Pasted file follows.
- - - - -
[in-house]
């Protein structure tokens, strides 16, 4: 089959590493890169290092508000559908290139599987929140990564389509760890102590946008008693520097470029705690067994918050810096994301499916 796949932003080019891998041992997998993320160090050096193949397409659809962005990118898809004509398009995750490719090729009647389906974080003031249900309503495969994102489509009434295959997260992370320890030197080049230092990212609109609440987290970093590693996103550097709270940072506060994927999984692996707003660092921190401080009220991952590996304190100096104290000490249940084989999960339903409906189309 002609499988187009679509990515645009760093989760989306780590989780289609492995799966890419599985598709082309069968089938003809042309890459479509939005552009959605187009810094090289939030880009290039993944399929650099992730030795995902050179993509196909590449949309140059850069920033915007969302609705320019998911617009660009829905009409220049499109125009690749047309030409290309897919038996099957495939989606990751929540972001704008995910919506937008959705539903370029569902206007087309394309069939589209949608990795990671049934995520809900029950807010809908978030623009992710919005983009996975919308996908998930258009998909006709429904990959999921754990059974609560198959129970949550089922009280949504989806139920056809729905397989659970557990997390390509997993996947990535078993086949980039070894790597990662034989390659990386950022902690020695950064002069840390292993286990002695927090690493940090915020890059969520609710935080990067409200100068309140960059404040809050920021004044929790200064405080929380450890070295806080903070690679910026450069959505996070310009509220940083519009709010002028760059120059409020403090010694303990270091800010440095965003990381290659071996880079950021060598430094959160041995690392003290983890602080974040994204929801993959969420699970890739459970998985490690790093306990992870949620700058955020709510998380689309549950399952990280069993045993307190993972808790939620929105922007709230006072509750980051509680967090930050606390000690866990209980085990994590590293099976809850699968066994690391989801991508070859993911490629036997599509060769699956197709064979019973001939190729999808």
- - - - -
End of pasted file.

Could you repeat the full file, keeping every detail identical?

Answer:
[in-house]
């Protein structure tokens, strides 16, 4: 089959590493890169290092508000559908290139599987929140990564389509760890102590946008008693520097470029705690067994918050810096994301499916 796949932003080019891998041992997998993320160090050096193949397409659809962005990118898809004509398009995750490719090729009647389906974080003031249900309503495969994102489509009434295959997260992370320890030197080049230092990212609109609440987290970093590693996103550097709270940072506060994927999984692996707003660092921190401080009220991952590996304190100096104290000490249940084989999960339903409906189309 002609499988187009679509990515645009760093989760989306780590989780289609492995799966890419599985598709082309069968089938003809042309890459479509939005552009959605187009810094090289939030880009290039993944399929650099992730030795995902050179993509196909590449949309140059850069920033915007969302609705320019998911617009660009829905009409220049499109125009690749047309030409290309897919038996099957495939989606990751929540972001704008995910919506937008959705539903370029569902206007087309394309069939589209949608990795990671049934995520809900029950807010809908978030623009992710919005983009996975919308996908998930258009998909006709429904990959999921754990059974609560198959129970949550089922009280949504989806139920056809729905397989659970557990997390390509997993996947990535078993086949980039070894790597990662034989390659990386950022902690020695950064002069840390292993286990002695927090690493940090915020890059969520609710935080990067409200100068309140960059404040809050920021004044929790200064405080929380450890070295806080903070690679910026450069959505996070310009509220940083519009709010002028760059120059409020403090010694303990270091800010440095965003990381290659071996880079950021060598430094959160041995690392003290983890602080974040994204929801993959969420699970890739459970998985490690790093306990992870949620700058955020709510998380689309549950399952990280069993045993307190993972808790939620929105922007709230006072509750980051509680967090930050606390000690866990209980085990994590590293099976809850699968066994690391989801991508070859993911490629036997599509060769699956197709064979019973001939190729999808």